By comparison, how many instances do we all know of epidemic illnesses spread from compromised commercial food, and the frequency of vast recalls, which is quite aside from the ongoing weakness being built into our cats and dogs from consuming those toxic foods on a daily basis?
2) Should an agency like the FDA, and those that put pressure on this company such as the Colorado Department of Agriculture, not adhere to standards of due process and fairness, especially when a company has an impeccable track record of safety and health standards over more than a decade of production?
The owners’ blog post states that they have plenty of documentation of having passed rigorous safety standards from independent safety auditors(of course, any Rad Cat consumer knows this just by looking at the food, having experienced it first-hand). Should the FDA or state agencies not take such proven documentation into account before initiating drastic and terminal measures costing the life of the company?
It seems that the FDA can arbitrarily threaten to issue public health notices, which would be devastating for a company, or trigger total recalls, as seems to have happened with this company, rather than limit actions to a specific problem found. Who can hold the aggressive enforcers responsible in such cases, what form of accountability and counter-action can there be?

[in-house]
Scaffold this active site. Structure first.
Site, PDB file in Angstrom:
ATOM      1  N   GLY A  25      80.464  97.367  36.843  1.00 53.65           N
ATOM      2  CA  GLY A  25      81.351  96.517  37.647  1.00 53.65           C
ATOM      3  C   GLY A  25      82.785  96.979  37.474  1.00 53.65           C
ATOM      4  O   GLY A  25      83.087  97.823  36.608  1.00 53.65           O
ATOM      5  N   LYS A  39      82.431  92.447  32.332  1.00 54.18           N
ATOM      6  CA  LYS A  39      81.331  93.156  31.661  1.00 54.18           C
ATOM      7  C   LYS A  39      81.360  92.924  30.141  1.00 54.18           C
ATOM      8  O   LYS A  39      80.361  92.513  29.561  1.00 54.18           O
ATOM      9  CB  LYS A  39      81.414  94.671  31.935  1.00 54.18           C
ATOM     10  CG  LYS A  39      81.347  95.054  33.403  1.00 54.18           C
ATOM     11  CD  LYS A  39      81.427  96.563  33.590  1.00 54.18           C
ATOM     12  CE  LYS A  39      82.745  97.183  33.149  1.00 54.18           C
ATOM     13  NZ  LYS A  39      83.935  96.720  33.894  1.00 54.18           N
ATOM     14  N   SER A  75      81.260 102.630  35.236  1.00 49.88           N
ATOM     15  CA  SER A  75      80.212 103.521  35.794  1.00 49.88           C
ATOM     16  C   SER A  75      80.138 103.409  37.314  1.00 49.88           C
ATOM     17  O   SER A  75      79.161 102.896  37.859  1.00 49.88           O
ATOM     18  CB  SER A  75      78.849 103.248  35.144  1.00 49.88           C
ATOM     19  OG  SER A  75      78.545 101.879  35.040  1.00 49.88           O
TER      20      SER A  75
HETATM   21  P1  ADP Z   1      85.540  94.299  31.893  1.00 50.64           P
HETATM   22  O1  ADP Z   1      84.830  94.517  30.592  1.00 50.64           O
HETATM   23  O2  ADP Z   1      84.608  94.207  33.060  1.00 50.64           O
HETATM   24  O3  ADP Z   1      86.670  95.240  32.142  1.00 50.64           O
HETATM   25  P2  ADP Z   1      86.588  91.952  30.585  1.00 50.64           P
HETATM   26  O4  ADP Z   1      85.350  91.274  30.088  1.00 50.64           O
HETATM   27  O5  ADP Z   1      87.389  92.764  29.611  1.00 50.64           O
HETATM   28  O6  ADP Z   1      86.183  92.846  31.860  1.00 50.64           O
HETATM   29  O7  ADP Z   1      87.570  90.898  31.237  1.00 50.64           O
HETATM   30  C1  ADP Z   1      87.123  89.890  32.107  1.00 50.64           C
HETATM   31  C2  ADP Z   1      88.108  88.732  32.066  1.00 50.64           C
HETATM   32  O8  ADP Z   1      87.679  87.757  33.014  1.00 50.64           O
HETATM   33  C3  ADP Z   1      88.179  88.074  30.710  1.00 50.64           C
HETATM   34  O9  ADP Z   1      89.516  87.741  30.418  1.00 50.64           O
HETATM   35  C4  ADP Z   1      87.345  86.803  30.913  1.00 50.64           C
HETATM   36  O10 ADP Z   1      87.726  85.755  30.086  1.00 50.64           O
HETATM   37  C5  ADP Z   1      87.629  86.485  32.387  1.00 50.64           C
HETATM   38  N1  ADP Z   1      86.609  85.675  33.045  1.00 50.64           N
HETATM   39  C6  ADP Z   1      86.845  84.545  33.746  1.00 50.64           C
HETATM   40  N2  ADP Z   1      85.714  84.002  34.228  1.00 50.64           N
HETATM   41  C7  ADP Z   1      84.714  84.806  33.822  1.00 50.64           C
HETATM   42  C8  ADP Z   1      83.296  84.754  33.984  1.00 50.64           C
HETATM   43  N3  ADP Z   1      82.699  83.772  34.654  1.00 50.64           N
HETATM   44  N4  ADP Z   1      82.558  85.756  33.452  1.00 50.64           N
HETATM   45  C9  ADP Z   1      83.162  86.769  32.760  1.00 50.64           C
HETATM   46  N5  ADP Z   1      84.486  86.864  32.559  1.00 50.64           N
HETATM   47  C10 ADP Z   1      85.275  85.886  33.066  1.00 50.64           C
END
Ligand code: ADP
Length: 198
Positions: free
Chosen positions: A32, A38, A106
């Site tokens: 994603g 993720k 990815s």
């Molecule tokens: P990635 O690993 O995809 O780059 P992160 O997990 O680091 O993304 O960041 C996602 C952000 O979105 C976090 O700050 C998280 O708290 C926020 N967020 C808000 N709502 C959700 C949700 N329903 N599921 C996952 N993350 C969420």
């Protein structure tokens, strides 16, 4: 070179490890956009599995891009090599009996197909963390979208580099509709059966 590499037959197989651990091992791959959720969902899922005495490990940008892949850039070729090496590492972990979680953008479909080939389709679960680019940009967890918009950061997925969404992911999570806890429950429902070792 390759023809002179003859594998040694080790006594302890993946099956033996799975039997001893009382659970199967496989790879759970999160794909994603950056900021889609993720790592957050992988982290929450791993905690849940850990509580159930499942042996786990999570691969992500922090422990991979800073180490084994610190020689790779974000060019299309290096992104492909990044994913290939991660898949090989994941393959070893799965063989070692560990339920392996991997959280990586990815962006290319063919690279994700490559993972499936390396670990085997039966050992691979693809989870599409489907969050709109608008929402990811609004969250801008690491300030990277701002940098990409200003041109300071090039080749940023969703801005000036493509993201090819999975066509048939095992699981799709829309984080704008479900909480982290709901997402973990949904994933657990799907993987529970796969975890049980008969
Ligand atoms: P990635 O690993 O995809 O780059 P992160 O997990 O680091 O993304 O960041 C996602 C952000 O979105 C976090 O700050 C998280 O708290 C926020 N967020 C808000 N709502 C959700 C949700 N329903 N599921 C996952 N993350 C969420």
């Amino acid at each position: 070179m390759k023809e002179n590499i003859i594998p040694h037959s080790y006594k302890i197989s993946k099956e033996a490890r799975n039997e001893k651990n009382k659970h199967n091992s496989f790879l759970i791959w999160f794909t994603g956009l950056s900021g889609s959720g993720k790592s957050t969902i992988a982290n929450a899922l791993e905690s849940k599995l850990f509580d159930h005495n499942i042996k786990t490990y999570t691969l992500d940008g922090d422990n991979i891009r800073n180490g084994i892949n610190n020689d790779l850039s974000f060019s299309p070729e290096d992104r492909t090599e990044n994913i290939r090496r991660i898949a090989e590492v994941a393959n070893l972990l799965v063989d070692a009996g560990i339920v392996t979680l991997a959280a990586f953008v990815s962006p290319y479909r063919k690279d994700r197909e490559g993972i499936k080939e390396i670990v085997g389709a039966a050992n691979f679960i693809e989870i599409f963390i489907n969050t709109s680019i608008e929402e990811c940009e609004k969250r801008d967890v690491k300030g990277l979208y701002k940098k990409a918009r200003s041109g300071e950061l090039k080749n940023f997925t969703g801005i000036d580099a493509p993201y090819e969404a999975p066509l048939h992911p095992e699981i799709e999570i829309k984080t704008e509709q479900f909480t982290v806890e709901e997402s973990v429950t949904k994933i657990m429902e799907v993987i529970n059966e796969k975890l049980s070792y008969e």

3) What should be the government’s overall attitude toward such things as raw food for cats and dogs? Should they be allowed to enforce biased standards that favor manufacturers that might make so-called “raw food”—heavily compromised because it is not really raw food, and it is not even food in many senses of the word, but can more easily pass FDA standards, because the food is actually dead and therefore will not have the kinds of pathogens the FDA is looking for in its one- size-fits-all criteria—at the cost of producers who make “live” organic food, offering it as an invaluable option to customers?